The Finance Ministry fears that the rising oil prices, and after him — and the strengthening of the ruble, the government will be tempted to sharply increase current spending budget, says chief economist for Russia and CIS “Renaissance Capital” Oleg Kuzmin. In addition, the growth of the ruble will lead to the fact that “we will flood wave of all imports and non-oil sector will become uncompetitive,” he adds. Siluanov not talking about artificially lowering the exchange rate of the ruble, says chief economist at FG “BCS” Vladimir Tikhomirov. But if you earn a fiscal rule and all the additional revenues from rising oil prices would be set aside, they will not be using government spending to enter the market, to create pressure on the growth of the money supply and, consequently, the ruble, explains the economist.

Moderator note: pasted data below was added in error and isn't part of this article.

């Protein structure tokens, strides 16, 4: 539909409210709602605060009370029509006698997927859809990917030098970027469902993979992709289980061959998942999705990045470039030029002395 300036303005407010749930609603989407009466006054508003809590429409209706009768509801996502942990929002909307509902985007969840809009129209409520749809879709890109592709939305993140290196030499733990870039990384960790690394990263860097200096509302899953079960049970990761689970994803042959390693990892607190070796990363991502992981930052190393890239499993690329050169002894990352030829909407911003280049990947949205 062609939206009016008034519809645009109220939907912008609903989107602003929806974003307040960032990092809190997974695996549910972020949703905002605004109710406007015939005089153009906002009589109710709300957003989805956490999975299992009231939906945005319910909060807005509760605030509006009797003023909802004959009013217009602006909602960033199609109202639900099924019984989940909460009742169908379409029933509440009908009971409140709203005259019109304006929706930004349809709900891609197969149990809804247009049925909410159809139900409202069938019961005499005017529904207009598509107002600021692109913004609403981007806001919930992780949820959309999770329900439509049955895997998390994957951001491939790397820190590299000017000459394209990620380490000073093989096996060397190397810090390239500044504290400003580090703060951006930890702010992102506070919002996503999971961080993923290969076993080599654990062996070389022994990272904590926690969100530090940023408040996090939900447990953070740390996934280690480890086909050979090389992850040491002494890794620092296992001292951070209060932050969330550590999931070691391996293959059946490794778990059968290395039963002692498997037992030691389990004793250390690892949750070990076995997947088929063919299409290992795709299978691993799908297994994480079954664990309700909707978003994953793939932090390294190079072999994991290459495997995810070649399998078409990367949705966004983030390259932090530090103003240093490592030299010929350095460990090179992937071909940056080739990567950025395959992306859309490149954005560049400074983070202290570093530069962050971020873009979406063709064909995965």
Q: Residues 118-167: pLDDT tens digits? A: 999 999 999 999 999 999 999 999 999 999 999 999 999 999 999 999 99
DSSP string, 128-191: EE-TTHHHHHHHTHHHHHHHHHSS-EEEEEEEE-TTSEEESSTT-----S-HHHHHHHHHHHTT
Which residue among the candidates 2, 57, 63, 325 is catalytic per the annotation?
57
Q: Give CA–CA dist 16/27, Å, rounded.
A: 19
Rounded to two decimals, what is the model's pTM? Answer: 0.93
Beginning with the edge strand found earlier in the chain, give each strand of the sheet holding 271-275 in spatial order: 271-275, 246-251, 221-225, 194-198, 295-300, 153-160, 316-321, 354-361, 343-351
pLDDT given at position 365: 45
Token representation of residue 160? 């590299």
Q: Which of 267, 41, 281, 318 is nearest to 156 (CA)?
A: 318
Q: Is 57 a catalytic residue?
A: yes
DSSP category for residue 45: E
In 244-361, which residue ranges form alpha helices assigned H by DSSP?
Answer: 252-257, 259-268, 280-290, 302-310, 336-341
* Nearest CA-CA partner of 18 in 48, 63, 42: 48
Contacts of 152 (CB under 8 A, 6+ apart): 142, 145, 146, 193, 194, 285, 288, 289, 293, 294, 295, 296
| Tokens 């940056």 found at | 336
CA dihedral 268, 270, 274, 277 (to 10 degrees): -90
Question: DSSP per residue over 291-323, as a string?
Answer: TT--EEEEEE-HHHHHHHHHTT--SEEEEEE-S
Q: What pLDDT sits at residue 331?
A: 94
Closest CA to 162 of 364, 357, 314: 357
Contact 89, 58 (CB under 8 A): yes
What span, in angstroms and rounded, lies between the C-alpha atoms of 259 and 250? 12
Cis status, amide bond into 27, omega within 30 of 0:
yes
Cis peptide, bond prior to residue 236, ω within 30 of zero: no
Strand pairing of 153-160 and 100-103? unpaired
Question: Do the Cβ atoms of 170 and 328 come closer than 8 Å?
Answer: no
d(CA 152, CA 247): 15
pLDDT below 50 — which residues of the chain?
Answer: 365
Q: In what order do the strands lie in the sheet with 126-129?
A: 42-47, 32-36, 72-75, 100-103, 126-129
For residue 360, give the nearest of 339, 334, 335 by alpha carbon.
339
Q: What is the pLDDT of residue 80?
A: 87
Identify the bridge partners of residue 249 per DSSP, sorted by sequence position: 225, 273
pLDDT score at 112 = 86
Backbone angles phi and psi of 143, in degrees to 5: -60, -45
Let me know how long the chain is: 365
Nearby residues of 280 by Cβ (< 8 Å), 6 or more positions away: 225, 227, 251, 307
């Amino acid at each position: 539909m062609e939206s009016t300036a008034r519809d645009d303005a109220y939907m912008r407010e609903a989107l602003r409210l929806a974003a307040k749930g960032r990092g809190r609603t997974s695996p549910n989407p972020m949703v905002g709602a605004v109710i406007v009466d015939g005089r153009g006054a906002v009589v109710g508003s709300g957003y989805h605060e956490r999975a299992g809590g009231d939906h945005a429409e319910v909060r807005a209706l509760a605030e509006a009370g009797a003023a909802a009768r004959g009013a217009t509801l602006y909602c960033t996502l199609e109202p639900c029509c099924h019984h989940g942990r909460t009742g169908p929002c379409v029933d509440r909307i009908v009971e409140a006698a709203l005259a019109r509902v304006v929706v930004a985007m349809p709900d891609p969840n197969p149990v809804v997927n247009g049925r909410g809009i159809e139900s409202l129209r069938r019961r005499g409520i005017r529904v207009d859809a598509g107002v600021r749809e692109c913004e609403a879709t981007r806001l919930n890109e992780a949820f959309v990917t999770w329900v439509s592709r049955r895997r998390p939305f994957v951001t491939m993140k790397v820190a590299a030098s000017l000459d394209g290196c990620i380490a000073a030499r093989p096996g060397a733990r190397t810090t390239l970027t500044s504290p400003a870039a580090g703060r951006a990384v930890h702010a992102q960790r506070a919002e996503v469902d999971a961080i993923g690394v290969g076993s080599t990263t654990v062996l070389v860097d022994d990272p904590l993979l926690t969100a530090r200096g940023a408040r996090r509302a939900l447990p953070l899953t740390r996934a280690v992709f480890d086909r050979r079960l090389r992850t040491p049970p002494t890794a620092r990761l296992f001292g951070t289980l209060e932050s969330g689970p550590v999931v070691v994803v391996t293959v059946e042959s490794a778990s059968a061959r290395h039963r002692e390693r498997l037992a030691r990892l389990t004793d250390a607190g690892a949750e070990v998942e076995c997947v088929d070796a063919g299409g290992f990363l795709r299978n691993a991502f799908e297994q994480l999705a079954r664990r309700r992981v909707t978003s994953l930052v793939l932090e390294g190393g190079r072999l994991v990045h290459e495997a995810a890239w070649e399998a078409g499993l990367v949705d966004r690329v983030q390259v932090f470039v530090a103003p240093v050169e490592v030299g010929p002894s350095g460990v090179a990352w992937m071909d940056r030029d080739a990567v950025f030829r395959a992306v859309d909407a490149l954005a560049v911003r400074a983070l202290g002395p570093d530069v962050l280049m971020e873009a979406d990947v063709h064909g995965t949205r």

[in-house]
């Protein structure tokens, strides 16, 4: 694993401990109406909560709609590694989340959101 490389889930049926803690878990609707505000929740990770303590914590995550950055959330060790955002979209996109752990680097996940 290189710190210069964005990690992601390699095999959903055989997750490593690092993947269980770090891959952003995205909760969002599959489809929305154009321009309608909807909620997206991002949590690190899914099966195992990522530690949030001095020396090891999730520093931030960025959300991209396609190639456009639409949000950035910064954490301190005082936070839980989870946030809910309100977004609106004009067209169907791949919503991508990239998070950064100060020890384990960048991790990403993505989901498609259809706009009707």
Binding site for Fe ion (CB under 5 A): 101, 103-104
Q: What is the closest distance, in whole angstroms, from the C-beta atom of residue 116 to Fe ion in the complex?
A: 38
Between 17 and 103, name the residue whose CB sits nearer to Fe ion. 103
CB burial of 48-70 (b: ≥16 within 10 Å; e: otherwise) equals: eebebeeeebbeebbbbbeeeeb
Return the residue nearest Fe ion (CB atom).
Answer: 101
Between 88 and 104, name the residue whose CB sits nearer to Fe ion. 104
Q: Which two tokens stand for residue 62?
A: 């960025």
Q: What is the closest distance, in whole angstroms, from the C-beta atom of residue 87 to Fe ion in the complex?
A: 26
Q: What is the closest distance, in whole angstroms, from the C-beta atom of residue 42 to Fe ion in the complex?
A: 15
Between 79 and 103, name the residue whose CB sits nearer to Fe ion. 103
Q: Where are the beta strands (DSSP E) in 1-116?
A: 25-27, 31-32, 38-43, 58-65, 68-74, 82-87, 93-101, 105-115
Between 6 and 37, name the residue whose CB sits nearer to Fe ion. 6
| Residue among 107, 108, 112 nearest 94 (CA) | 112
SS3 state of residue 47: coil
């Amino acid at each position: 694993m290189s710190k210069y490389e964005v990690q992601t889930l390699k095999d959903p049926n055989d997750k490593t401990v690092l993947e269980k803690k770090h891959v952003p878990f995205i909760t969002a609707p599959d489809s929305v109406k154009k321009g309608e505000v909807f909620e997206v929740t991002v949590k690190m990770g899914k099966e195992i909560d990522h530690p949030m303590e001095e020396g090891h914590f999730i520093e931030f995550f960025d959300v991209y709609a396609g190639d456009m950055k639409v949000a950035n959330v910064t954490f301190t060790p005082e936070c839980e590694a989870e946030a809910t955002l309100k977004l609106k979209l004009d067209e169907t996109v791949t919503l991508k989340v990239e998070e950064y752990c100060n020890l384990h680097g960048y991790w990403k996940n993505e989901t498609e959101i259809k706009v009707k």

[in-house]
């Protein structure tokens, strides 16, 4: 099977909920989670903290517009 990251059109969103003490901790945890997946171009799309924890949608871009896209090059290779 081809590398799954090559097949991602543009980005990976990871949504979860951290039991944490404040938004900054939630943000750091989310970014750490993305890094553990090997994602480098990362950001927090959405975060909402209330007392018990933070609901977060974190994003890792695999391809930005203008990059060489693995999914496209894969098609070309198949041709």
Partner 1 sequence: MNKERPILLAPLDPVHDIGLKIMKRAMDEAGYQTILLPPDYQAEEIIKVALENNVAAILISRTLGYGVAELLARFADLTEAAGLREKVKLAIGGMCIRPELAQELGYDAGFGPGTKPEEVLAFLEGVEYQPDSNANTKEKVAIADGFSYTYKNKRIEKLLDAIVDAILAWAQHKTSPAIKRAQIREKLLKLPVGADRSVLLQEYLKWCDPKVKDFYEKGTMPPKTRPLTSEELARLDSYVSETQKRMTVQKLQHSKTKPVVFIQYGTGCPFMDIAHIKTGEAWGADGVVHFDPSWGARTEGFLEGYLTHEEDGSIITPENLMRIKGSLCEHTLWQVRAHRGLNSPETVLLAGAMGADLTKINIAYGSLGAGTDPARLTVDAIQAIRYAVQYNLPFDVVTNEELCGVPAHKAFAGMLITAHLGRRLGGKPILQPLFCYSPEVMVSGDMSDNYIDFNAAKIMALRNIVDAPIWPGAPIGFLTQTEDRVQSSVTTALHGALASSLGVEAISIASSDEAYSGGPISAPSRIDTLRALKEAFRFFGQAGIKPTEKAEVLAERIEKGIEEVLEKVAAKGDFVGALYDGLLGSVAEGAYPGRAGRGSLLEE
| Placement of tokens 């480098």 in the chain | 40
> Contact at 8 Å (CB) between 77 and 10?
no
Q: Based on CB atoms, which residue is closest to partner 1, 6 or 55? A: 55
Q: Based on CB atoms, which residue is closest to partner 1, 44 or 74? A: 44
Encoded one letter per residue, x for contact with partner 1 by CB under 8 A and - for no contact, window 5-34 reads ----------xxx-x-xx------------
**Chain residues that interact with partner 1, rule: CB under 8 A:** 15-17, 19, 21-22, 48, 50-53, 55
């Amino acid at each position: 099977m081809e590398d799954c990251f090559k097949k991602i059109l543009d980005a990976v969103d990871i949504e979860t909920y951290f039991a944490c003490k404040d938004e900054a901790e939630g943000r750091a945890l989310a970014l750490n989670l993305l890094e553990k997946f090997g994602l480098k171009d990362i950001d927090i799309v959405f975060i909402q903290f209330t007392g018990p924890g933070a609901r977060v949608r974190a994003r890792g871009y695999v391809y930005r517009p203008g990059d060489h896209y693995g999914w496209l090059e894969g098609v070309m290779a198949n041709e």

With the January lows, the price of Brent oil increased by almost 60%, to $44,8 per barrel (at 21:20 GMT Tuesday), and the ruble has strengthened by 26% (on Tuesday, the dollar on the Moscow exchange was worth RUB 65,45). According to Bloomberg terminals, 120-day correlation between the ruble and the Brent oil is now at 79%, that is, with high probability the fluctuations of the ruble following the volatility in oil prices. “The oil price is a key factor for the volatile budget,” Siluanov said on Tuesday. The rising oil prices, according to him, the Russian economy provides only “a one-horse race”, while she needs high-quality, sustainable growth.

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This kind of fiscal rule and how it will change?